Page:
Mass Protests, Labour Struggles and Class Horizons

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Mass Protests, Labour Struggles and Class Horizons
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Mass Protests, Labour Struggles and Class Horizons

                                                            Internationalist Voice

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 The imperialist war in Ukraine has not only overshadowed the countries involved in the war. The entire capitalist world has also been affected by the new world conditions. The working class and lower strata of society who have not been directly slaughtered during the war have been made to pay in other ways. Inflation has lowered the standard of living of the working class, not only in peripheral countries but also in the capitalist metropolis. Inflation is devastating peripheral countries – taking food out of the mouths of workers who are already hungry, along with the lower strata of society.

In this context, in late May, a new wave of mass protests emerged, protesting against the high prices and rampant inflation, and this spread to most cities. In addition, the collapse of the Metropolitan Tower on 23 May in Abadan, which left 39 people dead and dozens missing, sparked angry protests. Rather than sending relief forces, the bourgeoisie’s initial response to the collapse of the Metropolitan Tower was to send in a counter-insurgency unit, which inflamed the protests still further.

Mass protests are a product of the crisis of capitalism and can be seen in other countries, whether in peripheral capitalism (such as that in Iran and Turkey) or metropolitan capitalism (as in France, which has led to “Yellow Vest” protests). But since metropolitan capitalism tries to transfer the burden of the capitalist crisis to peripheral capitalism as much as possible, the burden of the crisis in the peripheral countries of capitalism is more destructive than in metropolitan capitalism. Poverty, rampant inflation, generalized unemployment, astronomical embezzlement, environmental problems, air pollution and subsisting below the poverty line have created a living hell for the majority of society. In contrast, a small minority – self-serving parasites – are living privileged and aristocratic lives in the earthly paradise that they have created for themselves, built with the proceeds of their exploitation of the working class.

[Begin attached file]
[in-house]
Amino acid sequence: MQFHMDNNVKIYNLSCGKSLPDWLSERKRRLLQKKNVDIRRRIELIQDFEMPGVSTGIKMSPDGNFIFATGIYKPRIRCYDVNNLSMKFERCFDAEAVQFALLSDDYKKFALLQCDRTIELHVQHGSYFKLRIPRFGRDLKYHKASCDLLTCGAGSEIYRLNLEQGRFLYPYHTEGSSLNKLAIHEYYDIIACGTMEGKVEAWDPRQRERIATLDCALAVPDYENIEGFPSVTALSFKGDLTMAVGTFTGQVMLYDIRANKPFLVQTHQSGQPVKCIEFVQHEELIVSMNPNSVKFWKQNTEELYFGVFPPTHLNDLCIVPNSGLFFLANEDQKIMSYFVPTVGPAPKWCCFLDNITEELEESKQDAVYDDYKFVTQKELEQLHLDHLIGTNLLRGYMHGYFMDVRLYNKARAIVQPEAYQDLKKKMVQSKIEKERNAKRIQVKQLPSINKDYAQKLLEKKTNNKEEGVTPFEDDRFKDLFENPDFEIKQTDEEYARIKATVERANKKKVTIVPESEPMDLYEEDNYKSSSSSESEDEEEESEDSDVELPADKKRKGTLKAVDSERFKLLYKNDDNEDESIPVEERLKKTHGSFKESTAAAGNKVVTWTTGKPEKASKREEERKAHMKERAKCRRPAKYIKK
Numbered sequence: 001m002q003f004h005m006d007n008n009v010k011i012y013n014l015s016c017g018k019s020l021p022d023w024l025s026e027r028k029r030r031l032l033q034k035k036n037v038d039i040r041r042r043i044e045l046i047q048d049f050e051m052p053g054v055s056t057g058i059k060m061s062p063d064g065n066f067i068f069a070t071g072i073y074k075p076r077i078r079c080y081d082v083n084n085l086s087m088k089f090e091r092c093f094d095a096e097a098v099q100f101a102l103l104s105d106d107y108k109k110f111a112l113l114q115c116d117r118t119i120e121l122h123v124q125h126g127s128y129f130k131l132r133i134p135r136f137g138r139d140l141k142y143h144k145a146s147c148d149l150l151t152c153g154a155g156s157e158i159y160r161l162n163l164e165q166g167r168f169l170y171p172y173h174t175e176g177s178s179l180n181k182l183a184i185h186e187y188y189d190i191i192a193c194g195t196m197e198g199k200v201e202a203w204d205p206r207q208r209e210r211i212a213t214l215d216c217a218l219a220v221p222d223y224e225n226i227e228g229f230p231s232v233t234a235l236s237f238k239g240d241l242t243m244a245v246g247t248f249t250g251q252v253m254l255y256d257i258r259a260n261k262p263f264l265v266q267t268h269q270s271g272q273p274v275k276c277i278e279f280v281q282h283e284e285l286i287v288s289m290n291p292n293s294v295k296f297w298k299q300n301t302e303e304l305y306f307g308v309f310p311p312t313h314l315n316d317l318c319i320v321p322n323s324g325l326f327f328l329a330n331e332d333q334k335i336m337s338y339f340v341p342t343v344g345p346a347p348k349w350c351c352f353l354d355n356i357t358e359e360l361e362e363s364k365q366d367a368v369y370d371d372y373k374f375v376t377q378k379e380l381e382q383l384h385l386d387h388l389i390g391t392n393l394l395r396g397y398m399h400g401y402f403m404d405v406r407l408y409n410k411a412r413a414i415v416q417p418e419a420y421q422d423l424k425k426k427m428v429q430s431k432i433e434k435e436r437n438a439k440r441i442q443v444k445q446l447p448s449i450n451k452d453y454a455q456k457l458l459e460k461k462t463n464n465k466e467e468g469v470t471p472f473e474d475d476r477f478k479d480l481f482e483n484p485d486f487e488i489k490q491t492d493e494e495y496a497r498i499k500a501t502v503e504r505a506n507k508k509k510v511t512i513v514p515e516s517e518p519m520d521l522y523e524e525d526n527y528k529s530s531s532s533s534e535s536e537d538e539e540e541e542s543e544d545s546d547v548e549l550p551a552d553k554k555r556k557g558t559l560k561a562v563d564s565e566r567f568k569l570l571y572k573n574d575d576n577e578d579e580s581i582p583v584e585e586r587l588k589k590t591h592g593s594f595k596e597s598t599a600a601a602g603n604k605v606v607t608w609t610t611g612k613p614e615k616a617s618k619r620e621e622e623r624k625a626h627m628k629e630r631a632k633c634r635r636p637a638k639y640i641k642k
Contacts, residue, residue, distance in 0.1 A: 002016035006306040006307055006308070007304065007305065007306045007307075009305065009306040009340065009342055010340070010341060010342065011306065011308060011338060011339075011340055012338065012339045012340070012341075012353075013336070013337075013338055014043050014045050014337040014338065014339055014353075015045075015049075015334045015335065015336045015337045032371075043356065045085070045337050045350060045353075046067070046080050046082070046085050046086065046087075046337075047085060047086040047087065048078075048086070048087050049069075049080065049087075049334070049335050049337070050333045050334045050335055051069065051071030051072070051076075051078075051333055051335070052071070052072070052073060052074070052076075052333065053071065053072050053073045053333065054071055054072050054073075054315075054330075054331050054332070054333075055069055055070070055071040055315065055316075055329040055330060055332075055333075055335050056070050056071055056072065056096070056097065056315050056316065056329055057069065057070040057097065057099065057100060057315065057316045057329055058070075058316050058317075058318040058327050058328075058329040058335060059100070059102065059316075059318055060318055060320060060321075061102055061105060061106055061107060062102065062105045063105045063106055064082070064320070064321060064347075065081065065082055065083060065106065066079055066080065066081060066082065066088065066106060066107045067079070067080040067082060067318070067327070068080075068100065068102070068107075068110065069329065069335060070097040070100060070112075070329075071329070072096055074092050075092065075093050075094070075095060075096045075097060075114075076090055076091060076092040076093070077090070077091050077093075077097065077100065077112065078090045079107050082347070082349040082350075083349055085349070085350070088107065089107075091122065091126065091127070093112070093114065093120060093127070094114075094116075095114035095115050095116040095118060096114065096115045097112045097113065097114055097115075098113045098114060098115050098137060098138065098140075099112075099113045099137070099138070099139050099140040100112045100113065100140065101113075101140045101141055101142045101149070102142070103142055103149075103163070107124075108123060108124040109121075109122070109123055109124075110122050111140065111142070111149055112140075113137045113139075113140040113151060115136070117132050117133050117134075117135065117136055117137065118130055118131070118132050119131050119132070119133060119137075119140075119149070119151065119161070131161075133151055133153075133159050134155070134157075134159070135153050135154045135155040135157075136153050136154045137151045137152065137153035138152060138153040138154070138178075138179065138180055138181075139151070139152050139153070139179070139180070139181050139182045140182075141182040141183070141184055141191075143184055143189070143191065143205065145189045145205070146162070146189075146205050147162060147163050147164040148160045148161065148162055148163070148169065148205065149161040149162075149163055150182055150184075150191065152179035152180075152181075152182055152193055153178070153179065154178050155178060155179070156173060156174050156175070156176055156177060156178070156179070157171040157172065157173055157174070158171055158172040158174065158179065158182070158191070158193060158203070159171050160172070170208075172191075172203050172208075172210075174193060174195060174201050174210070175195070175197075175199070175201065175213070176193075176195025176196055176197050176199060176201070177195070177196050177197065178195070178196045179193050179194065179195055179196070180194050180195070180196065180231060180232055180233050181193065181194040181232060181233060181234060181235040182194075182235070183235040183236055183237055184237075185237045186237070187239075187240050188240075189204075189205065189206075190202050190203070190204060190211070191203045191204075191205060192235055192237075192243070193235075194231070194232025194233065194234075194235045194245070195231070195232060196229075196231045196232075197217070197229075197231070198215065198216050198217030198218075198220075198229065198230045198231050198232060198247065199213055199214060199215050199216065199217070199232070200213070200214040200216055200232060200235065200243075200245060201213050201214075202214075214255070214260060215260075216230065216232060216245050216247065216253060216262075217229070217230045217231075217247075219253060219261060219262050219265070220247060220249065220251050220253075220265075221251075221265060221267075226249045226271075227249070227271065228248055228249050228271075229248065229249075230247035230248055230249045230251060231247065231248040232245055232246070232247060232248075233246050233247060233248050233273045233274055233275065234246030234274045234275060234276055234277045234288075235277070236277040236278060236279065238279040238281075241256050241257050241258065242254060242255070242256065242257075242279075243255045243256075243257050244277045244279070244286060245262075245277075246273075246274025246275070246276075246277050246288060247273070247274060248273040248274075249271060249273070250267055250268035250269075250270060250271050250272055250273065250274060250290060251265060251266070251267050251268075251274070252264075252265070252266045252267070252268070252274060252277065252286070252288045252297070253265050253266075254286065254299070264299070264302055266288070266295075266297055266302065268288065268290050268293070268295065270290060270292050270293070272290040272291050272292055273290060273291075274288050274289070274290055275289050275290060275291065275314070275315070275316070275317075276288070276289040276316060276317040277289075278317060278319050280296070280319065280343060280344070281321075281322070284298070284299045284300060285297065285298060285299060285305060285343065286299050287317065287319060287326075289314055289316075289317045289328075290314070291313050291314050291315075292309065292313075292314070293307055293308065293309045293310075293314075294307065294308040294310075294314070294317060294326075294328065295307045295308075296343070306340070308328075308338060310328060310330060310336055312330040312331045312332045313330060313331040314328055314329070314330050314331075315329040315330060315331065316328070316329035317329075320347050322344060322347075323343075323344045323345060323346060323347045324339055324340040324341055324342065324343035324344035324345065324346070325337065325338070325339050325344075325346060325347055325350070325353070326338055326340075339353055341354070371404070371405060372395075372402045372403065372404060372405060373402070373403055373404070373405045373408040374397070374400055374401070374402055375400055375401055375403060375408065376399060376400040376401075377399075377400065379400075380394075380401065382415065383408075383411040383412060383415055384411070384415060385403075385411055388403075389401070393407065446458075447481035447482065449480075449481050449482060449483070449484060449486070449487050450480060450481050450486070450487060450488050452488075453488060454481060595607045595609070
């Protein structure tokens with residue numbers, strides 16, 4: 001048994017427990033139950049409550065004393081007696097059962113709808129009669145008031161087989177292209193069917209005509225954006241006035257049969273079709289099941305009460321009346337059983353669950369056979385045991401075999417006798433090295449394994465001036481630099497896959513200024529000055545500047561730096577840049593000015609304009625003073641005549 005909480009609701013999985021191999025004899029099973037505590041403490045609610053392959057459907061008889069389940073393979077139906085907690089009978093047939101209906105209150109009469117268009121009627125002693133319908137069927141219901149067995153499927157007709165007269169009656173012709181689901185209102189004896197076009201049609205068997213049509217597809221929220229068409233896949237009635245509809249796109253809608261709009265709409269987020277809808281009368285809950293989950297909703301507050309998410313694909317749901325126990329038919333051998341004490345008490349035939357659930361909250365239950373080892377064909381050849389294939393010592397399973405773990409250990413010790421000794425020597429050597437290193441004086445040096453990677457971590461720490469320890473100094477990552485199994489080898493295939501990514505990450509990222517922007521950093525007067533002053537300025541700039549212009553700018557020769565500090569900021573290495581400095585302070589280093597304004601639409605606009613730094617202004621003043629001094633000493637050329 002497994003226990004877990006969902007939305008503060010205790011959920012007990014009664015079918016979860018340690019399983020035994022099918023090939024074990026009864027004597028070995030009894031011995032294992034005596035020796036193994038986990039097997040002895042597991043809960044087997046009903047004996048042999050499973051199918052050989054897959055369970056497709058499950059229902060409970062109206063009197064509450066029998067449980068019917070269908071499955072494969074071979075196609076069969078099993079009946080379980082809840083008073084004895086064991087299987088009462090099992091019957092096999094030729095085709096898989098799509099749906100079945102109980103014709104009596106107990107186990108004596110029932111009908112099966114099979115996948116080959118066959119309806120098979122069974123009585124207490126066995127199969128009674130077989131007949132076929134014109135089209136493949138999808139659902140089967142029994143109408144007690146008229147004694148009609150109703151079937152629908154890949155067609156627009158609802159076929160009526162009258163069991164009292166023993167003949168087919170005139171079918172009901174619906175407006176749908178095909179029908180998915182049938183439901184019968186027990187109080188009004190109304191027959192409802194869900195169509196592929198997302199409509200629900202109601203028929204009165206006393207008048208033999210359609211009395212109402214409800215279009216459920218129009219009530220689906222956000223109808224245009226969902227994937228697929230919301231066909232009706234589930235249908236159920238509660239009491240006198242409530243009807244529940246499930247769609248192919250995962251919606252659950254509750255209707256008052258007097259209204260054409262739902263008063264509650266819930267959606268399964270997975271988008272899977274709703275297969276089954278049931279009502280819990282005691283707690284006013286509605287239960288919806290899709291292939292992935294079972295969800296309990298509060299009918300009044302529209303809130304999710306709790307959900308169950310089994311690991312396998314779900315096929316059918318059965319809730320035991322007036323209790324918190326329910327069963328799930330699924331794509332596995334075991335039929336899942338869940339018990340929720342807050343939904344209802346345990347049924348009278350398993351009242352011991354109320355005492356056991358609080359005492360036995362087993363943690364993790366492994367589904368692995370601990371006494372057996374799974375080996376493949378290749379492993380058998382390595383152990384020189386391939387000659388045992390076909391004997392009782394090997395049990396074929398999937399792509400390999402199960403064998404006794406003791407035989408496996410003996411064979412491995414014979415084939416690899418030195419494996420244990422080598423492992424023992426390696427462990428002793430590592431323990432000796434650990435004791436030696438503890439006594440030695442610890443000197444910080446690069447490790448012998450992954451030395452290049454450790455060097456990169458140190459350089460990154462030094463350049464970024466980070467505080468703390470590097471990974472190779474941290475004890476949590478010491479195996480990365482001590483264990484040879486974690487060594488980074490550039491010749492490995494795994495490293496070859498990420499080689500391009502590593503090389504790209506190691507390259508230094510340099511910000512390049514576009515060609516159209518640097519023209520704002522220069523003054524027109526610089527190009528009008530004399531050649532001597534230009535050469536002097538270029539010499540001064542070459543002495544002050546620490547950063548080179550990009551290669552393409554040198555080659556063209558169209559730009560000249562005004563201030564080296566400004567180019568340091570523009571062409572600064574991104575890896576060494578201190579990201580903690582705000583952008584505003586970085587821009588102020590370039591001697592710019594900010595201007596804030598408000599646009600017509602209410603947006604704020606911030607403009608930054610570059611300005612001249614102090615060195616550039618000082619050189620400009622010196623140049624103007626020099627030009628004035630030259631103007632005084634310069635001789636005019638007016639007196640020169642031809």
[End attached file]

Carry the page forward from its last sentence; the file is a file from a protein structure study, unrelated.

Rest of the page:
The Islamic bourgeoisie, now in crisis, cannot or will not meet the protesters’ demands. The criminal bourgeoisie, on the one hand, seeks repression and, on the other hand, seeks to control the protests and take full advantage of legal and governmental channels to prevent the protests from spreading to other areas. This can be seen clearly in connection with the protests following the collapse of the Metropolitan Tower.

Contrary to the demagoguery of the right and left tendencies of capitalism, barbaric lifestyles, inflation, embezzlement, economic corruption, air pollution, etc., are not a product of mismanagement of the peripheral bourgeoisie and, in this specific case, the infamous Islamic bourgeoisie; rather, they are products of the capitalist system. Therefore, holding the only responsible of the Islamic criminals and gangsters as the main cause of the misery of the working class and the lower strata of society is to protect capitalism from the anti-capitalist struggle by whatever means possible.  Discharging the anger and rebellion of the protesting masses, in the anti-regime protests, who are justifiably up again arms about their inhumane living conditions and their misery. However, efforts to strengthen the anti-regime movement are paid for with the blood of the lower classes of society. The anti-regime movement may replace the Islamic bourgeoisie with a different bourgeoisie, but the pitiful conditions endured by the majority of society will continue. The barbarism of capitalism must end.

Mass protests are characterized by the participation of lower and middle classes of society, with their respective ideologies and class affiliations; from monarchists, ethnocentrists and other reactionary forces to people protesting against the brutality of capitalism (such as the French Yellow Vest movement). However, workers participate in such movements not as a social class but as individual workers.